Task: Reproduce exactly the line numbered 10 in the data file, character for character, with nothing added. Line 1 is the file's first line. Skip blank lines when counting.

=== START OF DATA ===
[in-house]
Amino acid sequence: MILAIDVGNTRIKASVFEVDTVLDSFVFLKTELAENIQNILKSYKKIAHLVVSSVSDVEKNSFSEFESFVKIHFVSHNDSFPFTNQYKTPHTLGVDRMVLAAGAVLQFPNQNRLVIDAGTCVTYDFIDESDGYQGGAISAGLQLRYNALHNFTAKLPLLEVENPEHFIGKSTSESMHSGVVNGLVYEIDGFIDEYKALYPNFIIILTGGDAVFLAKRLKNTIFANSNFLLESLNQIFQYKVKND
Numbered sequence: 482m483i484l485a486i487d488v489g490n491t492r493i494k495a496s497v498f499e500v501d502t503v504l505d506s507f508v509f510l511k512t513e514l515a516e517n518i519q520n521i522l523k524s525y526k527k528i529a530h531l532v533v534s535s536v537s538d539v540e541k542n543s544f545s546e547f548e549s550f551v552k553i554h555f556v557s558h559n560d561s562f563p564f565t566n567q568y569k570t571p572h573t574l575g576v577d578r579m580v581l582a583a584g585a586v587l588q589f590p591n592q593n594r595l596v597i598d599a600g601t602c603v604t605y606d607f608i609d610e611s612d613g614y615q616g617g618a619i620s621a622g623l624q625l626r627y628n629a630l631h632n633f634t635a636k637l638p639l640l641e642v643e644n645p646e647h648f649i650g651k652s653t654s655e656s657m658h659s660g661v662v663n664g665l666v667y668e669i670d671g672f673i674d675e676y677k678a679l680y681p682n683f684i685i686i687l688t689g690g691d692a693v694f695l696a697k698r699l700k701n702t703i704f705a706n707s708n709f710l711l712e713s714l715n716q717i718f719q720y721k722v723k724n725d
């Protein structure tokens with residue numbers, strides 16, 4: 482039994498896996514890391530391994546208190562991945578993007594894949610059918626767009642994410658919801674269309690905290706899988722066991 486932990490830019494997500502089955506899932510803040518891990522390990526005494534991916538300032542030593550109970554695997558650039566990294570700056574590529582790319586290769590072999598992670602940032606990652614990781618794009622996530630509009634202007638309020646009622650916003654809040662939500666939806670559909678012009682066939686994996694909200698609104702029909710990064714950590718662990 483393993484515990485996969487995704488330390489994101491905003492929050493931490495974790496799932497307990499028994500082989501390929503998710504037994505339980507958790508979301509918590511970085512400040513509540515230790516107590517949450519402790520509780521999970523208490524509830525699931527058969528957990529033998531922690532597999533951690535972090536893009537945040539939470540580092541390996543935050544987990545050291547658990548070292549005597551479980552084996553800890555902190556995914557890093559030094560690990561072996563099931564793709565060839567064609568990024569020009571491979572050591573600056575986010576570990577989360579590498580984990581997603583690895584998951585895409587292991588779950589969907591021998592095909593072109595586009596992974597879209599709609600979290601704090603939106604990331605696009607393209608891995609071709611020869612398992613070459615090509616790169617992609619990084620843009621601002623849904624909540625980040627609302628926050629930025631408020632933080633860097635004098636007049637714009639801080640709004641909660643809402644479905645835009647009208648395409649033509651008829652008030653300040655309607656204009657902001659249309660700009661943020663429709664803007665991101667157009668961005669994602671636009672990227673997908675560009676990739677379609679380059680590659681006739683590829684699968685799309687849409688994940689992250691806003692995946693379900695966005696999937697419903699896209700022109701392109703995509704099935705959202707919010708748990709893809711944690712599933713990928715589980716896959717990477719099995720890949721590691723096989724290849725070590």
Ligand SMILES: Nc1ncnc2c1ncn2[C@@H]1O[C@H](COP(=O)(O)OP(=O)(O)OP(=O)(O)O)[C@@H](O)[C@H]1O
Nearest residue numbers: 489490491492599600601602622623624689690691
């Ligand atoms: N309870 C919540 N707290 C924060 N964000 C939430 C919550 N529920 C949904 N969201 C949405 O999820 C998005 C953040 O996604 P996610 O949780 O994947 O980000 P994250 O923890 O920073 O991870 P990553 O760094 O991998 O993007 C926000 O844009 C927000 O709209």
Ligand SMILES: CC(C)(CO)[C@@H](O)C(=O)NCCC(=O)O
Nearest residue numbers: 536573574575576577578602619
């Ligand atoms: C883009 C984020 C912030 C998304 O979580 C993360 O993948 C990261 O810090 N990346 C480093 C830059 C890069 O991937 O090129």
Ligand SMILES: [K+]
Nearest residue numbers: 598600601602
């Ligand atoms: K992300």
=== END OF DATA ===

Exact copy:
């Ligand atoms: C883009 C984020 C912030 C998304 O979580 C993360 O993948 C990261 O810090 N990346 C480093 C830059 C890069 O991937 O090129």